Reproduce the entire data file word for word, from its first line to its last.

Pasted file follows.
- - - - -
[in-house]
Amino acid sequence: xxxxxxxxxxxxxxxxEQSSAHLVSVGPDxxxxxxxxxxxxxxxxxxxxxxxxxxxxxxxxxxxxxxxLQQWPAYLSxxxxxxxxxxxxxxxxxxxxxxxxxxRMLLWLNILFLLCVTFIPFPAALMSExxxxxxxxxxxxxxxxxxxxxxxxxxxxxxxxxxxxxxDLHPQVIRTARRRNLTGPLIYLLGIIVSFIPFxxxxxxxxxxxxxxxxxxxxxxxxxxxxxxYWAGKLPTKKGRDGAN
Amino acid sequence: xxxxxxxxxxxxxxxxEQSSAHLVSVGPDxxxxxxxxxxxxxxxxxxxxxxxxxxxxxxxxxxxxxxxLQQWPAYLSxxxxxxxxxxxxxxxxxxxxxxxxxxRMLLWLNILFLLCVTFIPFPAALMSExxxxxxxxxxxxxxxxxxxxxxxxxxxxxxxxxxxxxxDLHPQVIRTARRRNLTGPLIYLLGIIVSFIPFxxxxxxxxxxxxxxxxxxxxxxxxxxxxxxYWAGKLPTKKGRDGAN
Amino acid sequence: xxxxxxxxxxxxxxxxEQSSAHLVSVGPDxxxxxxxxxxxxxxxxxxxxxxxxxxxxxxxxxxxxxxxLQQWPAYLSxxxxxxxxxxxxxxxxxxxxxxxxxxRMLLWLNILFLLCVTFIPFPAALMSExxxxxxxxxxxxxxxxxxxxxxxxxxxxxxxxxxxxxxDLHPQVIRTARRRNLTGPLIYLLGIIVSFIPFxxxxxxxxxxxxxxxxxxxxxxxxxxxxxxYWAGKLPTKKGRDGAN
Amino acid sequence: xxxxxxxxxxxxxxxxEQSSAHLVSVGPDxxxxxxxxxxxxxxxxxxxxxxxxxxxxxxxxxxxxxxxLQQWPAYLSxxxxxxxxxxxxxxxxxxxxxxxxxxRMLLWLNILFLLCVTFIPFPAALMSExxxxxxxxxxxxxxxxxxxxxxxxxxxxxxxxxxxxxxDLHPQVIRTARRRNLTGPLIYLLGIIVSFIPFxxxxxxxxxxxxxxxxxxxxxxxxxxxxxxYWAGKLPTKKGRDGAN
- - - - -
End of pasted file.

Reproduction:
[in-house]
Amino acid sequence: xxxxxxxxxxxxxxxxEQSSAHLVSVGPDxxxxxxxxxxxxxxxxxxxxxxxxxxxxxxxxxxxxxxxLQQWPAYLSxxxxxxxxxxxxxxxxxxxxxxxxxxRMLLWLNILFLLCVTFIPFPAALMSExxxxxxxxxxxxxxxxxxxxxxxxxxxxxxxxxxxxxxDLHPQVIRTARRRNLTGPLIYLLGIIVSFIPFxxxxxxxxxxxxxxxxxxxxxxxxxxxxxxYWAGKLPTKKGRDGAN
Amino acid sequence: xxxxxxxxxxxxxxxxEQSSAHLVSVGPDxxxxxxxxxxxxxxxxxxxxxxxxxxxxxxxxxxxxxxxLQQWPAYLSxxxxxxxxxxxxxxxxxxxxxxxxxxRMLLWLNILFLLCVTFIPFPAALMSExxxxxxxxxxxxxxxxxxxxxxxxxxxxxxxxxxxxxxDLHPQVIRTARRRNLTGPLIYLLGIIVSFIPFxxxxxxxxxxxxxxxxxxxxxxxxxxxxxxYWAGKLPTKKGRDGAN
Amino acid sequence: xxxxxxxxxxxxxxxxEQSSAHLVSVGPDxxxxxxxxxxxxxxxxxxxxxxxxxxxxxxxxxxxxxxxLQQWPAYLSxxxxxxxxxxxxxxxxxxxxxxxxxxRMLLWLNILFLLCVTFIPFPAALMSExxxxxxxxxxxxxxxxxxxxxxxxxxxxxxxxxxxxxxDLHPQVIRTARRRNLTGPLIYLLGIIVSFIPFxxxxxxxxxxxxxxxxxxxxxxxxxxxxxxYWAGKLPTKKGRDGAN
Amino acid sequence: xxxxxxxxxxxxxxxxEQSSAHLVSVGPDxxxxxxxxxxxxxxxxxxxxxxxxxxxxxxxxxxxxxxxLQQWPAYLSxxxxxxxxxxxxxxxxxxxxxxxxxxRMLLWLNILFLLCVTFIPFPAALMSExxxxxxxxxxxxxxxxxxxxxxxxxxxxxxxxxxxxxxDLHPQVIRTARRRNLTGPLIYLLGIIVSFIPFxxxxxxxxxxxxxxxxxxxxxxxxxxxxxxYWAGKLPTKKGRDGAN